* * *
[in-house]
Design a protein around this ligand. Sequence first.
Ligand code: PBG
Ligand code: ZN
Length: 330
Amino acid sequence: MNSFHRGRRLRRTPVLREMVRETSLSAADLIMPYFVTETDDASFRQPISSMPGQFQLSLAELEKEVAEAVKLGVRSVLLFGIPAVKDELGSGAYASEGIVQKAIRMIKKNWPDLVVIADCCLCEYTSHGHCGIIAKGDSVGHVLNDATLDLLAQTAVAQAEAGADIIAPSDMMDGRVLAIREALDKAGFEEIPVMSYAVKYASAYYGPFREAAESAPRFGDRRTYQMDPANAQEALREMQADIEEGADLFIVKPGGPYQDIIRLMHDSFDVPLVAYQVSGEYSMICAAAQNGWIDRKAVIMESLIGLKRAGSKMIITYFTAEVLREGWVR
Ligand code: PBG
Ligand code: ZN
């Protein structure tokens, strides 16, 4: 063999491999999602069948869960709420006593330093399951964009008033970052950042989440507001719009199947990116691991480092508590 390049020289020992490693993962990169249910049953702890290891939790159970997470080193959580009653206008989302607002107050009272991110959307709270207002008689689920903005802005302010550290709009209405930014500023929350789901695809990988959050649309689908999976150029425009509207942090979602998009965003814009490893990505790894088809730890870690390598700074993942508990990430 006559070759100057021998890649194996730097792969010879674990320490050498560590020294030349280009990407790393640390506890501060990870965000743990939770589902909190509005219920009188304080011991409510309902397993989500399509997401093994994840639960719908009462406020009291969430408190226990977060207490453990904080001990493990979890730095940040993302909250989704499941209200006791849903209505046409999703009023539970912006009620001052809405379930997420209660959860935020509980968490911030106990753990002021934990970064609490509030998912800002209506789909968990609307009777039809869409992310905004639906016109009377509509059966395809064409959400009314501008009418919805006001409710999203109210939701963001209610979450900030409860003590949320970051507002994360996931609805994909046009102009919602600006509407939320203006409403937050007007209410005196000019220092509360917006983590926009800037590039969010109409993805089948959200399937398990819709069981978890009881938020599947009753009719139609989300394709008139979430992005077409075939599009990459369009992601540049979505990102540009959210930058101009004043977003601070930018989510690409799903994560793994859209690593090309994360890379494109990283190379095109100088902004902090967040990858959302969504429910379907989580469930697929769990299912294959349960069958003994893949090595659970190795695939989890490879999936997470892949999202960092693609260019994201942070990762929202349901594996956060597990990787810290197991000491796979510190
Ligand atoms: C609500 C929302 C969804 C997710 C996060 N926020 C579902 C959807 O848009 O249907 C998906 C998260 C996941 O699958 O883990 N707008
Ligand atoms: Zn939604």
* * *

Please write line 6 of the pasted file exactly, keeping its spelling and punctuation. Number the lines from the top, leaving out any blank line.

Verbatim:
Amino acid sequence: MNSFHRGRRLRRTPVLREMVRETSLSAADLIMPYFVTETDDASFRQPISSMPGQFQLSLAELEKEVAEAVKLGVRSVLLFGIPAVKDELGSGAYASEGIVQKAIRMIKKNWPDLVVIADCCLCEYTSHGHCGIIAKGDSVGHVLNDATLDLLAQTAVAQAEAGADIIAPSDMMDGRVLAIREALDKAGFEEIPVMSYAVKYASAYYGPFREAAESAPRFGDRRTYQMDPANAQEALREMQADIEEGADLFIVKPGGPYQDIIRLMHDSFDVPLVAYQVSGEYSMICAAAQNGWIDRKAVIMESLIGLKRAGSKMIITYFTAEVLREGWVR